Saint Longinus: The Iconography

In Caesarea in Cappadocia, the passion of St. Longinus, said to be the soldier who pierced the side of the Lord with his lance. – Roman Martyrology for March 15

John's gospel tells of a Roman soldier who pierced Jesus' side with a lance (19:37). Probably because the Greek for "lance" is longche, the soldier entered Christian lore under the name of Longinus (Farmer, 274). His earliest known representation is in the Crucifixion image in the Rabbula Gospels (Syriac, 6th century). That image pairs him with "Stephaton," the bystander who offered Jesus a sponge soaked in wine. A great many Crucifixion images follow the tradition of placing these two on either side of the cross.

In the Golden Legend some of the blood that spilled from Christ's side is said to have gotten into Longinus's eyes and cured his blindness. He then became a Christian and was eventually martyred in Cappadocia. Some artists have managed to picture the restoration of his eyesight. In Salimbeni's Crucifixion, for example, the blood has run down the lance into his eye, and an associate is trying to rub it out. In the Crucifixion image at Aquileia's cathedral his blindness is signified by whiteness where the eyes should be, yet he casts his gaze toward Jesus.

Traditionally Longinus was taken to be the same person as the centurion who exclaimed "Indeed this was the son of God" in Matthew 27:54. A number of Catholic and Orthodox sites on the internet make this claim, and it is well represented in medieval literature.1 The Aquileia Crucifixion fresco conflates the two in a single soldier who is blind, has a halo, and raises his hand in acclamation. In the Scrovegni Chapel's Crucifixion panel a man on the right points to Christ like the centurion and has a halo like St. Longinus.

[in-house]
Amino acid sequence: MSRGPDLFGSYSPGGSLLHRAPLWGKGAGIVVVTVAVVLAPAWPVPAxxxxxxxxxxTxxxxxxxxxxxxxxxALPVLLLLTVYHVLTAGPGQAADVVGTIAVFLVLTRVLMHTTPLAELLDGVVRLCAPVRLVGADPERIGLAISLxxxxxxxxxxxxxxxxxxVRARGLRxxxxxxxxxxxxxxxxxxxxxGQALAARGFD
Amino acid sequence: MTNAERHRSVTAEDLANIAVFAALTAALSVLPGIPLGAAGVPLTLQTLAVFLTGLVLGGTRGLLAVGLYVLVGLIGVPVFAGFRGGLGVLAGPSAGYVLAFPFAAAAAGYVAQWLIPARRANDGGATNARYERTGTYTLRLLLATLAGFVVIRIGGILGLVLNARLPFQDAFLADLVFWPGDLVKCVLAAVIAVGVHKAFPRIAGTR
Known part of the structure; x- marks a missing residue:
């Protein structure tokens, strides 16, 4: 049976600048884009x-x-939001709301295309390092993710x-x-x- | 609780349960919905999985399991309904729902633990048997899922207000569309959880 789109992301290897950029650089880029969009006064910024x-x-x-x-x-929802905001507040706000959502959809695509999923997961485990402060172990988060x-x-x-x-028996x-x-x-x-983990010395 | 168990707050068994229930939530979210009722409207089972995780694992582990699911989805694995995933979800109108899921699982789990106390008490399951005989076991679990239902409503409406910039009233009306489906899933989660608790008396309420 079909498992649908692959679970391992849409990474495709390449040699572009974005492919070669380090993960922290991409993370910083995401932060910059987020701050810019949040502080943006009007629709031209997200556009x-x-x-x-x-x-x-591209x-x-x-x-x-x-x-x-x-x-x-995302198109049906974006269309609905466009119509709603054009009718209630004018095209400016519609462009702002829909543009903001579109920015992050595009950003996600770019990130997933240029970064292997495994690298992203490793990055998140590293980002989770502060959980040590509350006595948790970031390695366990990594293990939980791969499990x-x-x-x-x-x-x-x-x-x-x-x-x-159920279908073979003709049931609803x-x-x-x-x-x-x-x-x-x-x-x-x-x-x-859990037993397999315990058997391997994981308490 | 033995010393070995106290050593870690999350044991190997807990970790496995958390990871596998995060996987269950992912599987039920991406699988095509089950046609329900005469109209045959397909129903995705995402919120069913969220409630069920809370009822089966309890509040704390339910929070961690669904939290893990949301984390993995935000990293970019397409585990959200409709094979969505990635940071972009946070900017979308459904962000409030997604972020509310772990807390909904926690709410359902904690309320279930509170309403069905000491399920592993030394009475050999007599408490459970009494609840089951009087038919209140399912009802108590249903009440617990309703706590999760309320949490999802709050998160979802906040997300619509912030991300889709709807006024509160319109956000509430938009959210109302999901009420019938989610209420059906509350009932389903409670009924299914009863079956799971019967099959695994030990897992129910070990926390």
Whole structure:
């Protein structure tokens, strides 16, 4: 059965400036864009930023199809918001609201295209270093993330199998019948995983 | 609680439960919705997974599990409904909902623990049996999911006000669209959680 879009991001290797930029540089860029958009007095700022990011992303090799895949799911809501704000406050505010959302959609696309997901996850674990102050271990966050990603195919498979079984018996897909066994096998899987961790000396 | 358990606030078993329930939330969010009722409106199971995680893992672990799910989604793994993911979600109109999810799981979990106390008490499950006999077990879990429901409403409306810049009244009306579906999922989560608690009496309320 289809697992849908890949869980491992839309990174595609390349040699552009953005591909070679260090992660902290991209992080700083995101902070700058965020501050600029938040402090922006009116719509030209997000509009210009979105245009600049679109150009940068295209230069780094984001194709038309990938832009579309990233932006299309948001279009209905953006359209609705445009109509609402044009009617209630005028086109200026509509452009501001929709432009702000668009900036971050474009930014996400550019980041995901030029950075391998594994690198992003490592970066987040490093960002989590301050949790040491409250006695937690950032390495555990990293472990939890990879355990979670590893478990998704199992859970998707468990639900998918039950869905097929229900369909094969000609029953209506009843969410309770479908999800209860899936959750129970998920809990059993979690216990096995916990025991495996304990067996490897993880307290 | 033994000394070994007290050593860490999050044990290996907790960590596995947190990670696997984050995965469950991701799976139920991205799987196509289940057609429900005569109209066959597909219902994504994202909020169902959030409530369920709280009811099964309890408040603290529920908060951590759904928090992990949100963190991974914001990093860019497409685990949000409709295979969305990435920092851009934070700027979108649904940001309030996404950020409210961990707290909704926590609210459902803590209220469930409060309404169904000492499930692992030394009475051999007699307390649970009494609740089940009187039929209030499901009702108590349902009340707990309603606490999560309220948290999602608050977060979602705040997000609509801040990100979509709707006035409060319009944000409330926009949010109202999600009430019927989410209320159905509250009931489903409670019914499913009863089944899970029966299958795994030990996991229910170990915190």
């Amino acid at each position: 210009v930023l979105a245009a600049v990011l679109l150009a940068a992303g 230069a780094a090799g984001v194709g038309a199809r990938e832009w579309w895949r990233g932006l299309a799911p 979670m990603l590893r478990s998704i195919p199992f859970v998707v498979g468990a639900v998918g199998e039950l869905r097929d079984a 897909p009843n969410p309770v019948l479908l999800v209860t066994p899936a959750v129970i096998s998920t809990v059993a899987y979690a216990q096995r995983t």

St. Longinus is only rarely seen in separate portraits. The most famous of these would be the Bernini statue at right. Naturally, the attribute that Bernini provided to St. Longinus was his lance. Narrative images mostly involve his presence at the Cross, but in the 15th century Weingarten Abbey commissioned a large triptych illustrating the legend that he collected some of Christ's blood in a flask that eventually landed up at the abbey.

Longinus also figures in secular literature. His spear is an important plot point in Malory's Morte d'Arthur (II, 15-16): Joseph of Arimathea takes it to a castle in Britain, where it gives King Pellam the chronic wound that only Sir Galahad can heal. In modern times Longinus passes the centuries as an "eternal mercenary" in a series of pulp novels by a retired sergeant in the U.S. Army. For a complete study of the subject, see Peebles, The Legend of Longinus in Eccle­si­as­tical Tradition and in English Literature.

Prepared in 2014 by Richard Stracke, Emeritus Professor of English, Augusta University. Revised 2016-06-26, 2018-12-15.


Longinus and Stephaton in a German enamel, ca. 1200 (See description page)

St. Longinus in St. Peter's, Rome (See description page)

Longinus' spear pierces the stone of the church (See description page)


  • A long spear



  • Feast day: March 15




1 See, for example, the Chester Passion, 775-804, and the Ludus de Passione in Dronke, 296-303. But the York Mortificatio Cristi treats Longinus and the Centurion as separate characters (Bevington, 589-90).